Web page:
In early October around mid afternoon, the F150 pulled into a campground on Rock Creek. Gear quickly shifted from the truck to the site, I used a flex hose to connect the propane tank to my camp stove, and headed down to the stream for some solo fishing. Not another fisherfolk in sight, and the trout bit eagerly. A great beginning, and I cleaned the two keepers.
Time now for dinner, so I got the tamales and chili ready to heat, but the stove showed no flames. At all. But the lantern at the top of the post worked, so I knew the tank was giving out gas. So I played around a bit to isolate the problem. After shifting connections in every possible manner, clearly the flex hose had a clog—one I couldn’t fix.
Being a bit addicted to warm food and hot coffee, I was a bit bummed. OK, a lot. The closest store was a 50 mile roundtrip, and likely closed late on a Sunday. The prospect of cold meals for several days didn’t delight me. But rather than getting sucked into misery, I went “natural.” The site had a fire ring with a ½ grate, so I laid a fire in the ring and the frying pan on the grate, and ate well.
Breakfast featured bacon and eggs and coffee, all cooked on an open fire. Honestly, I liked it. More “organic” by far, I had the smell of wood smoke each meal, and a lot of memories came back of dad and I cooking over an open fire. The only problem—cleaning the soot off the pans on my return. I could deal with that better than frustration.
But that exemplifies an important part of following Jesus. Difficulties may choose us, but we choose our response to them. To wallow in misery, or to acknowledge the problem and adapt and make the best of it. And to praise the Lord anyway.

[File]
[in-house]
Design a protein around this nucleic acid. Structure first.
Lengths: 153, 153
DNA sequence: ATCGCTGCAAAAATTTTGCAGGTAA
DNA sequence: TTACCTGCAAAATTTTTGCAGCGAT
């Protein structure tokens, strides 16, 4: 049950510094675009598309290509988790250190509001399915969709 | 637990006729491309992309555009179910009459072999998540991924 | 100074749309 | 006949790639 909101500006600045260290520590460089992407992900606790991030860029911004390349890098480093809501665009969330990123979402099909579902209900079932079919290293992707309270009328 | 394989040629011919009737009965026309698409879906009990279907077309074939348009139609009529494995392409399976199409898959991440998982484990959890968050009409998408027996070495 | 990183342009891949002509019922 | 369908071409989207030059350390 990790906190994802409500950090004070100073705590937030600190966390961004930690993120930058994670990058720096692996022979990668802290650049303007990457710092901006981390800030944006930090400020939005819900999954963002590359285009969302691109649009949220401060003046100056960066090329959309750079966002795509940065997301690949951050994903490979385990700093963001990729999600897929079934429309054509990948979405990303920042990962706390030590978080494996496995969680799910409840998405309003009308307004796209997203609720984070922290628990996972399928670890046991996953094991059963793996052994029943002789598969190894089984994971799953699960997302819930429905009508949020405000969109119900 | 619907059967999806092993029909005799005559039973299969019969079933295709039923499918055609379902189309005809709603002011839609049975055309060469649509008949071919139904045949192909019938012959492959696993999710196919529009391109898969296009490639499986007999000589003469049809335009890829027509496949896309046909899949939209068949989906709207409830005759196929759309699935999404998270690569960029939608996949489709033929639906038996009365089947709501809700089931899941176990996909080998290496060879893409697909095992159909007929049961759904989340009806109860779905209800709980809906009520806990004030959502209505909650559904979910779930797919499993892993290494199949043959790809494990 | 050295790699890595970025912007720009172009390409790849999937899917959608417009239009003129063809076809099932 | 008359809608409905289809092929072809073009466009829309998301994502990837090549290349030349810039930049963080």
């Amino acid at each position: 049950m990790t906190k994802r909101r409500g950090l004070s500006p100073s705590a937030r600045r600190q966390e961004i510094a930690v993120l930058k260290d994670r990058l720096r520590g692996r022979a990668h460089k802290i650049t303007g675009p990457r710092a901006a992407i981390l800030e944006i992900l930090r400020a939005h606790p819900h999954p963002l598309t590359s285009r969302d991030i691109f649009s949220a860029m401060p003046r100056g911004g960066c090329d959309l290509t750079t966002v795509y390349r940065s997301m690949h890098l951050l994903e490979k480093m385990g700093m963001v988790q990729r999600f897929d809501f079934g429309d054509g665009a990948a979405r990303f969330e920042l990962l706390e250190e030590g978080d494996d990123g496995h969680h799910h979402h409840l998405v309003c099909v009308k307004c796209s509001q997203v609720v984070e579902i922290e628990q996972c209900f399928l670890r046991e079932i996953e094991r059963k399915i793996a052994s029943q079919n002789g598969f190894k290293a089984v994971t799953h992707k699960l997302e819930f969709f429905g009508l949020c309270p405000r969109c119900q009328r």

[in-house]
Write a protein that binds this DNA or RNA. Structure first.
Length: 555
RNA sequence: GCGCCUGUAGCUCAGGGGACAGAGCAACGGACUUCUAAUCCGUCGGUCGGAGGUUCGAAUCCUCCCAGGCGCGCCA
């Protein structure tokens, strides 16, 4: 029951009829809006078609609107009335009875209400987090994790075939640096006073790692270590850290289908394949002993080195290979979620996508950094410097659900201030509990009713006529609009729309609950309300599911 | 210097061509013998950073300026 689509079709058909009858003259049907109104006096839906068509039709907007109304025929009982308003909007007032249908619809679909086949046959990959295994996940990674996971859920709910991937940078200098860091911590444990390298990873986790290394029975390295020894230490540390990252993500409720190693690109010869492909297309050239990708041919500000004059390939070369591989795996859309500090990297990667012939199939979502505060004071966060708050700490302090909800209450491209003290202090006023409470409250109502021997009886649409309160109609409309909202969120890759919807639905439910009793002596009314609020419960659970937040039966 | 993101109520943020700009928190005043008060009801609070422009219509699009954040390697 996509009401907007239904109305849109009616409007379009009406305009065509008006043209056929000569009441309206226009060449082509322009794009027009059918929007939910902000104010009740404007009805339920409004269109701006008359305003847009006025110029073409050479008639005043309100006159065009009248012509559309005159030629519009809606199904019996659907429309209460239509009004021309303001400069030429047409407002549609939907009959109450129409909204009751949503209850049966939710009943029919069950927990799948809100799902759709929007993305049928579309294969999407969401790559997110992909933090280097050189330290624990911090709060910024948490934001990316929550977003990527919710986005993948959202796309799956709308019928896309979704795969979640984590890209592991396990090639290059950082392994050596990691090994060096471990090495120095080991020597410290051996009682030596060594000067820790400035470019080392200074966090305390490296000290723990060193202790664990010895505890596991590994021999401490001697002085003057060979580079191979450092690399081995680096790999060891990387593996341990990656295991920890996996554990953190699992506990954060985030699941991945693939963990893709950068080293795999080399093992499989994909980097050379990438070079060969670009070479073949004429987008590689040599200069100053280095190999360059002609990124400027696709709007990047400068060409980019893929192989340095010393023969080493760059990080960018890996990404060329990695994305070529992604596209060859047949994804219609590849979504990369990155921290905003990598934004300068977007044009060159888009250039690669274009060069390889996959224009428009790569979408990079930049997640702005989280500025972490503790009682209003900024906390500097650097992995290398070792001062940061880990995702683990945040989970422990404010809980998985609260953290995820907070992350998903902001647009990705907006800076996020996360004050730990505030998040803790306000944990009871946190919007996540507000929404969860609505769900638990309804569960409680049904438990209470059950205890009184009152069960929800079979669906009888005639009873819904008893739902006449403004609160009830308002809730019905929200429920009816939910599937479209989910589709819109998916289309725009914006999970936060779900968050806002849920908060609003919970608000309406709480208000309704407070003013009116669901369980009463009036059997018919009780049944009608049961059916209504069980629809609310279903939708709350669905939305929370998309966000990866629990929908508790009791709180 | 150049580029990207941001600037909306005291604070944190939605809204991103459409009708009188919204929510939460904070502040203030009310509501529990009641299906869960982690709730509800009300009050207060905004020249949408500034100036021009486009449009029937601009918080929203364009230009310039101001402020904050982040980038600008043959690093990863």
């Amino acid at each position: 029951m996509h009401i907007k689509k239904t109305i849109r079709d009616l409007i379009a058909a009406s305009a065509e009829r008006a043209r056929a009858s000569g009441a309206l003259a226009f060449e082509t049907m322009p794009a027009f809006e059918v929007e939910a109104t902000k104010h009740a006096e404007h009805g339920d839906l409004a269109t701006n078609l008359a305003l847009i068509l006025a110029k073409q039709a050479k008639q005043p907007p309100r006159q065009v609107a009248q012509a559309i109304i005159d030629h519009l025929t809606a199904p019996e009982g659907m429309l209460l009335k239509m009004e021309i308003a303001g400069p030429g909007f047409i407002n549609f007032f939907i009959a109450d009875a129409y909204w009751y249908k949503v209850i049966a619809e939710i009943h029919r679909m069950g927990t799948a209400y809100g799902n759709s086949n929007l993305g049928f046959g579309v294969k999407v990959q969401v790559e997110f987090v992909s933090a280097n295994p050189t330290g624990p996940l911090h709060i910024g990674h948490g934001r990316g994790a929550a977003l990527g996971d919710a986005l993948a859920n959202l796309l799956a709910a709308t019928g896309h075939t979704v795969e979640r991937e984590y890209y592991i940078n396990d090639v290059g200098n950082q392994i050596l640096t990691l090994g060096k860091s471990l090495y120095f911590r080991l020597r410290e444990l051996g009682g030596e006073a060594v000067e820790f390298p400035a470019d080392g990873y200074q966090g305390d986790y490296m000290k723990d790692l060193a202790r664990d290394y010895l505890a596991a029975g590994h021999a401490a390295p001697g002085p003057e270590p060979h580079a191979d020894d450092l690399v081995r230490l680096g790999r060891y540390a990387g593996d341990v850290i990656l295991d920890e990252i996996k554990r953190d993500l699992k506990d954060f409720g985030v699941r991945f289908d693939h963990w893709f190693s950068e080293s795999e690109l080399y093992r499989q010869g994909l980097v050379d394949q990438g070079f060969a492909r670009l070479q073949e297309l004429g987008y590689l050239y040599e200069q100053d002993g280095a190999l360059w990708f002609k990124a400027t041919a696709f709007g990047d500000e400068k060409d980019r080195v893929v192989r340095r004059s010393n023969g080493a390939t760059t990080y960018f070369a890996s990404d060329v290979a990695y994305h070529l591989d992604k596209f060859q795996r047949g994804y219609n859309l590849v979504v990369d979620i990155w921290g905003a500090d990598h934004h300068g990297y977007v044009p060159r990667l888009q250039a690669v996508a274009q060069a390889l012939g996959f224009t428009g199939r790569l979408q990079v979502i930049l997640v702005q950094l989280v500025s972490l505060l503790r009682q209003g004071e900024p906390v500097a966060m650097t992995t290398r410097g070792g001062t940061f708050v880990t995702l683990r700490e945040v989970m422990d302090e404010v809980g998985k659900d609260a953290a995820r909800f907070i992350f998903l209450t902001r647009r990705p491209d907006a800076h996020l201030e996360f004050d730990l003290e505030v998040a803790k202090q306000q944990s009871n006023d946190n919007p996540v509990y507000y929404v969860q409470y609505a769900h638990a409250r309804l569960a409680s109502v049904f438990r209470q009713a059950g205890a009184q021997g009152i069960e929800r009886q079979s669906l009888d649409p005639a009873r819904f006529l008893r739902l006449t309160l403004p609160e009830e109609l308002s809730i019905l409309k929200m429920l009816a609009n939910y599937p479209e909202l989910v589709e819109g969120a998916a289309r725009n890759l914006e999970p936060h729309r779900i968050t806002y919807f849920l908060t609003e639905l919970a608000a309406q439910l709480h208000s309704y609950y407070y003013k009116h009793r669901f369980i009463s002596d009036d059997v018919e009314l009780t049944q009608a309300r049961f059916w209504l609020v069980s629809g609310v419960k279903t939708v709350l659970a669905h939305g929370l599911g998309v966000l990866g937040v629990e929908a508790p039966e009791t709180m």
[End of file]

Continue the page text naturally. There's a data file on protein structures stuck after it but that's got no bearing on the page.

I struggle with this passage, but know it works, “Rejoice in the Lord always. I will say it again: Rejoice! Let your gentleness be evident to all…Do not be anxious about anything, but in everything, by prayer and petition, with thanksgiving, present your requests to God. And the peace of God, which transcends all understanding, will guard your hearts and your minds in Christ Jesus” (Philippians 4:4-7).
Again, we don’t ignore problems, but we respond with what we can, and rejoice in God’s presence and love, which far transcend any trouble we face. And, we get peace. Maybe not bacon cooked on a open fire, but peace. I’ll take that.
Kick Starting the Application
Think of a fairly recent problem that brought misery, one that hung around longer than you wished. What made it so bad? What increased the misery for you? How could you have improved the process? What most keeps you from choosing rejoicing as a default state of mind? What decisions can you make now to decrease future misery?